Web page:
"We put the pump in and it wasn't even two minutes after that, the whole driveway filled up with water and started back pouring," Prevatt told the Herald Monday while cleaning his basement. "It came in so fast, so quick, yeah no pump was going to stop what was going on at that point."
Prevatt was one of many people in
"Hopefully it was a once in a generation event," Mazzucco said.
"Thanks to everyone's quick response we were able to move patients swiftly and safely and no injuries have been reported," Morrice said.
About 20 patients were evacuated from
Individuals seeking medical assistance on Monday were encouraged to visit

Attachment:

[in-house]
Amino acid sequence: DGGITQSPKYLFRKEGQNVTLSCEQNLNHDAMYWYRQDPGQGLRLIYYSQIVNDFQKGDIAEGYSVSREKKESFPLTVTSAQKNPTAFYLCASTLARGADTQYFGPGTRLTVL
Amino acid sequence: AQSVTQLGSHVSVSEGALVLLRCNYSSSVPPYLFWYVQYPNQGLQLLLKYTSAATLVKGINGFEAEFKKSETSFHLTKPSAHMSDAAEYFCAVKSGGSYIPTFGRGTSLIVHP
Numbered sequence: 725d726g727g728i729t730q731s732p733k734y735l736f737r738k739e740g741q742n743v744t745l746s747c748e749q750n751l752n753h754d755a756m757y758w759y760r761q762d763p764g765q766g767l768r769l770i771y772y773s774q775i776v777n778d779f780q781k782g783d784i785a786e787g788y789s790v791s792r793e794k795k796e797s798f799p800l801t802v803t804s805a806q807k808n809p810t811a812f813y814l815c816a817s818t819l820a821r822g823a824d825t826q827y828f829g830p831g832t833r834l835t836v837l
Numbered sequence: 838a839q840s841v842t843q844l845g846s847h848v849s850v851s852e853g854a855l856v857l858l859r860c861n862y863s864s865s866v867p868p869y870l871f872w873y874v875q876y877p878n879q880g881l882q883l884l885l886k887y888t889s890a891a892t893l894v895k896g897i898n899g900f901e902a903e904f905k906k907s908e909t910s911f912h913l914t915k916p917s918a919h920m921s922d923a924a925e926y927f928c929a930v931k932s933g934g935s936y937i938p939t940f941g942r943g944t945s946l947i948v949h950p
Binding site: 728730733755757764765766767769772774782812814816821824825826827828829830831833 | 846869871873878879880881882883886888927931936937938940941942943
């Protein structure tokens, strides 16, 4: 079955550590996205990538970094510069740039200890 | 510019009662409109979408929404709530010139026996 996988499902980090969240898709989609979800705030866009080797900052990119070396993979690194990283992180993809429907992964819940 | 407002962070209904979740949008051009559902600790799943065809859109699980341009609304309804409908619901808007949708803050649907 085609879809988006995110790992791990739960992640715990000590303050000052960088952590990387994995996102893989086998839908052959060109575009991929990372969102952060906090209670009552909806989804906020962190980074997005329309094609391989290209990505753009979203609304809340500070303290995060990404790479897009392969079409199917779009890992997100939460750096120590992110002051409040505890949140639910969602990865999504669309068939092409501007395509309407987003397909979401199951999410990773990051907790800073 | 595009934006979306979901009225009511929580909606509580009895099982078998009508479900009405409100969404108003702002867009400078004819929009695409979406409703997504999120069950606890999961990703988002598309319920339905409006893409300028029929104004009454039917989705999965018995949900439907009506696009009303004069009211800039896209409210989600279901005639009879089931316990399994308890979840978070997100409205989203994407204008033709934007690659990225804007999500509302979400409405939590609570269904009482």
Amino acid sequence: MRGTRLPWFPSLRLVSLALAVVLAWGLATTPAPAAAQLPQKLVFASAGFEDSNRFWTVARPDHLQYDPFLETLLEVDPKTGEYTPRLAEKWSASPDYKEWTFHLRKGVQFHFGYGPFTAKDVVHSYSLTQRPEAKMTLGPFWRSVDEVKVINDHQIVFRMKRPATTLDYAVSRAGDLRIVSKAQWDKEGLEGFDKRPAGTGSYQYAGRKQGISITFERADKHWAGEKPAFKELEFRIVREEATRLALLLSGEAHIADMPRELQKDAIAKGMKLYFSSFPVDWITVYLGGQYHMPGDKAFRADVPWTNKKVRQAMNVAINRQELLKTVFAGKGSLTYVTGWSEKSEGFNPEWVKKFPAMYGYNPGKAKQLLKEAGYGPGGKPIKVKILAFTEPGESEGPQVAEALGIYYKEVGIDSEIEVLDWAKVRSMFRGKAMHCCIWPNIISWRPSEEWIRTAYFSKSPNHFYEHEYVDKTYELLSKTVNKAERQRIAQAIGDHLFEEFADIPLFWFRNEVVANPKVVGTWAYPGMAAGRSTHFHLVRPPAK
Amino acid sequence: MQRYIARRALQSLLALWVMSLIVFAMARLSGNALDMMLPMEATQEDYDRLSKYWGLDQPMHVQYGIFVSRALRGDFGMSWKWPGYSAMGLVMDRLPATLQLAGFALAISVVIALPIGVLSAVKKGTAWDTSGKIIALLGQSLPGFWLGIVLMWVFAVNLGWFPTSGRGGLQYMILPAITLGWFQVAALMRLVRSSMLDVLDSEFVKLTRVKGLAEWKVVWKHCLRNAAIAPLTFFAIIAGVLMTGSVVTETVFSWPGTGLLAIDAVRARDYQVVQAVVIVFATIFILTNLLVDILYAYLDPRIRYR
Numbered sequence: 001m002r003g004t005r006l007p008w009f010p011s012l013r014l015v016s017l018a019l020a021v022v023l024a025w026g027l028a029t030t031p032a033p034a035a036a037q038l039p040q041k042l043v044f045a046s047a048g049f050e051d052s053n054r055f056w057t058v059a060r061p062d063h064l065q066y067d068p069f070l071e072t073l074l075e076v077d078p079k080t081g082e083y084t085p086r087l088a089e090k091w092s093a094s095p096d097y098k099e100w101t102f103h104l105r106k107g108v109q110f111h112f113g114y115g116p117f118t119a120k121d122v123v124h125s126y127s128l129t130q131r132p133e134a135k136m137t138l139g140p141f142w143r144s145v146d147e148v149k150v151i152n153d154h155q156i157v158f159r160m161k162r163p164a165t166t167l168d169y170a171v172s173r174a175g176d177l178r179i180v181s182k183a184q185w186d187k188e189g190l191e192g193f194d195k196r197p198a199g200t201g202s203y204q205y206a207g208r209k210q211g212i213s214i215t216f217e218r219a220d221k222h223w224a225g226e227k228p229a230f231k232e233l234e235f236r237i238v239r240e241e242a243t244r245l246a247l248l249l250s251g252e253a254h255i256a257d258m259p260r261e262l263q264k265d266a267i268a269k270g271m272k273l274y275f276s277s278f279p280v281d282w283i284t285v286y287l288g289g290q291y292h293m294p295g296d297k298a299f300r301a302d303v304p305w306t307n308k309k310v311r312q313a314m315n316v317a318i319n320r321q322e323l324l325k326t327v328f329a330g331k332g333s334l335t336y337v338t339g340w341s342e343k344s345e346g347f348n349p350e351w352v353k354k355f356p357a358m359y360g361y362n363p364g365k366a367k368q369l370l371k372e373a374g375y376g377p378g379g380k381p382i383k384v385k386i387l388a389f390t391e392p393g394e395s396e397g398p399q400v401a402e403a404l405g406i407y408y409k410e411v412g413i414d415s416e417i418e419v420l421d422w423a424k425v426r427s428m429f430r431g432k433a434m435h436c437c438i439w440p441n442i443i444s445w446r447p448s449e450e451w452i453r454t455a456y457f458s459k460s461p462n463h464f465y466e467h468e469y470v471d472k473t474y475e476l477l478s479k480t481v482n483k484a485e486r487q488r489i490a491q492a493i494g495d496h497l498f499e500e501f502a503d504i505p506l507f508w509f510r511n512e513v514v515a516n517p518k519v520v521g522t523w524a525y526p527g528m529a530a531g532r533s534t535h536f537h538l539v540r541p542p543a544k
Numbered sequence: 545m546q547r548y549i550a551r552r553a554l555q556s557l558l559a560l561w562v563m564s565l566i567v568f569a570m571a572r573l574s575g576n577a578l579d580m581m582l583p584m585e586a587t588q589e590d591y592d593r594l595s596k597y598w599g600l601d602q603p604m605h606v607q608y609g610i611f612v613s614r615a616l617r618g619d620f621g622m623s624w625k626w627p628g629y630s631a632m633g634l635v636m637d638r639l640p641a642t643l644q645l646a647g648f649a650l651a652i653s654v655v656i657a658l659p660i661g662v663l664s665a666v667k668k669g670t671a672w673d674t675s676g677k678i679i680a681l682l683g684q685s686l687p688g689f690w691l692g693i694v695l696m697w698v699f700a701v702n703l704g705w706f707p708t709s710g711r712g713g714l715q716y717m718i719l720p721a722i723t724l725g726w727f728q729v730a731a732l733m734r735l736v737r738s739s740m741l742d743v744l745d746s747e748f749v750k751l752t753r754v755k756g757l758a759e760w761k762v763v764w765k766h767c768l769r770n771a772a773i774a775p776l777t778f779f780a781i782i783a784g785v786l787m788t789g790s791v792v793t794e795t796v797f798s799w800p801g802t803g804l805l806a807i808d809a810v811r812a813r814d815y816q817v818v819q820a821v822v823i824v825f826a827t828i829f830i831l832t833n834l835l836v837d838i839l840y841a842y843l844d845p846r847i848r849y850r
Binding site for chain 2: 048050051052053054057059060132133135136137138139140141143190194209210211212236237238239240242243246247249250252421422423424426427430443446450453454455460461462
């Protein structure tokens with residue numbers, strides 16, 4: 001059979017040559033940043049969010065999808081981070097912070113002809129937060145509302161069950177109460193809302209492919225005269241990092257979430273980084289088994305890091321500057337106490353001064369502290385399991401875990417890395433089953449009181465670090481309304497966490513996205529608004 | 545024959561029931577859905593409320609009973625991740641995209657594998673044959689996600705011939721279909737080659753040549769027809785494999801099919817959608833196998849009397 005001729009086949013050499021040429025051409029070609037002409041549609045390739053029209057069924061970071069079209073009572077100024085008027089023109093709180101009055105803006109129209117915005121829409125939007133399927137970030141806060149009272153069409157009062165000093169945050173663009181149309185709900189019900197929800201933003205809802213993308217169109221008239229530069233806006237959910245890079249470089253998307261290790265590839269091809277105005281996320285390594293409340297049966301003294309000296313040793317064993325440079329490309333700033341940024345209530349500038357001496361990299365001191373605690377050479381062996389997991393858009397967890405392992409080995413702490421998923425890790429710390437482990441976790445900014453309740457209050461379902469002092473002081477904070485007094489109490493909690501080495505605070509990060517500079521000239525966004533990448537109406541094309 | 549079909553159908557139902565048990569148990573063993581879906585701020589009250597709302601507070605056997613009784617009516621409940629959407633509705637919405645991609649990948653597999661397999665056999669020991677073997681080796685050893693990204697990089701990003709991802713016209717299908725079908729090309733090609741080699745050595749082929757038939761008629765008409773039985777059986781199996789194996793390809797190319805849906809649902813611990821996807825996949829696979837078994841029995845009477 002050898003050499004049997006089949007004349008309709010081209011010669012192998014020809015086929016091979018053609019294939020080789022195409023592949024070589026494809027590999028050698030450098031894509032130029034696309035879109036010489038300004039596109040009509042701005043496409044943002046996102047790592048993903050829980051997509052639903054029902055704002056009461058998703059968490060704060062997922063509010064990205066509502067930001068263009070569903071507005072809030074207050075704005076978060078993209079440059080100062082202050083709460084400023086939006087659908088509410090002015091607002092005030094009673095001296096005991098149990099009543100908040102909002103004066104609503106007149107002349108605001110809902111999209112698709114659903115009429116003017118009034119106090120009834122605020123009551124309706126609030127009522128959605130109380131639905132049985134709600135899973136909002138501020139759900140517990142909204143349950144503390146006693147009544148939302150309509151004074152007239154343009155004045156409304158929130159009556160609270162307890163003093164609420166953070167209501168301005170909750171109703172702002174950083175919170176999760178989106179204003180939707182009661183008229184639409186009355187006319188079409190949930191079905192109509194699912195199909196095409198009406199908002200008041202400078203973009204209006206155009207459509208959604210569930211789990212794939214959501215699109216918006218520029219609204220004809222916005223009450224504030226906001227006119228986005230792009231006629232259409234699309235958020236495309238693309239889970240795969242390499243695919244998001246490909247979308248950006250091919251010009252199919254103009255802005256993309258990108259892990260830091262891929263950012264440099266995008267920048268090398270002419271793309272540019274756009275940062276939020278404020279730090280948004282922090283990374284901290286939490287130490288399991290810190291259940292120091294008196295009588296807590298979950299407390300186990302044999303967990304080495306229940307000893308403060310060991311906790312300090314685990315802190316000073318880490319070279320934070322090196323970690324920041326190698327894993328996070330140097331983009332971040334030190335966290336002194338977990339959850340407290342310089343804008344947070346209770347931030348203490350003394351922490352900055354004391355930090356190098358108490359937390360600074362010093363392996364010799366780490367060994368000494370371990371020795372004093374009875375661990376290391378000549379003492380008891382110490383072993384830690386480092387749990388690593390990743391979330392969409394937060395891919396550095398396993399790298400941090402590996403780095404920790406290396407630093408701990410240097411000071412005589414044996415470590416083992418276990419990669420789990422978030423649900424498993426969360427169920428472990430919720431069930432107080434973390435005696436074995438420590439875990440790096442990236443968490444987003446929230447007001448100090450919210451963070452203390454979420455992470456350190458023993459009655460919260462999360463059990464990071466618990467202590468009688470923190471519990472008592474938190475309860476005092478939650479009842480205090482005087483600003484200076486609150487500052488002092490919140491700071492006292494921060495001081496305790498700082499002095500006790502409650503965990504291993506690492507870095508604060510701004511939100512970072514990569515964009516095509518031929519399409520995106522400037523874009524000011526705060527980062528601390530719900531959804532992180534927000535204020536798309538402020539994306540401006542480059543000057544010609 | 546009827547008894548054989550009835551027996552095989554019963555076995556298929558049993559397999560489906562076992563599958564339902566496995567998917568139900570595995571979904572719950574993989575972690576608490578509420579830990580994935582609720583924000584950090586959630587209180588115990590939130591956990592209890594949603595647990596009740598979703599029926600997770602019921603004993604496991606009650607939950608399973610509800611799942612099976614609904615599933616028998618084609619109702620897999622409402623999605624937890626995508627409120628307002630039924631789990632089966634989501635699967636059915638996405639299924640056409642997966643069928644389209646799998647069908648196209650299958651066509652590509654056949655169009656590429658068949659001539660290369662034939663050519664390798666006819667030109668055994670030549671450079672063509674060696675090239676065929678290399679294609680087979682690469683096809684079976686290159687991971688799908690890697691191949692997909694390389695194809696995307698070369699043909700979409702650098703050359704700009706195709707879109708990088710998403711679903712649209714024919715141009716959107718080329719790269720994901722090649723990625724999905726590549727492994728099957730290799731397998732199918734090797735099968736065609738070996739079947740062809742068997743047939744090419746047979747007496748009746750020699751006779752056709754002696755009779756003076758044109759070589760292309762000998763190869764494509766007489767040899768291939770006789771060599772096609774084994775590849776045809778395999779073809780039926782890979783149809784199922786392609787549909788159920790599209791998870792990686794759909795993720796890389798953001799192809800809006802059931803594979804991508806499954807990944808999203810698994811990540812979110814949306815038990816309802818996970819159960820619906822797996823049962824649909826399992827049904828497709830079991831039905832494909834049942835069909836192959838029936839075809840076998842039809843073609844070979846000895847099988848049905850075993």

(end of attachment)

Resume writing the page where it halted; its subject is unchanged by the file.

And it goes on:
Prevatt said DPW workers helped pump water out of his basement Monday, and estimated he had cleared about 90% of the water Monday afternoon in "by far" the worst flooding he's experienced.
Water-logged cars were another concern Monday, as Prevatt said his wife's Toyota Corolla drifted in floodwaters while his father-in-law's truck wouldn't start, with water rising into the driver's seat. Cars driving over puddles also sent floodwaters toward homes, he said.
Rainfall was predicted through the rest of the week, but Norwood Police Chief
Prevatt, thinking aloud about his home insurance, wasn't taking any chances.
"Water's going to go wherever it wants to go," he said.
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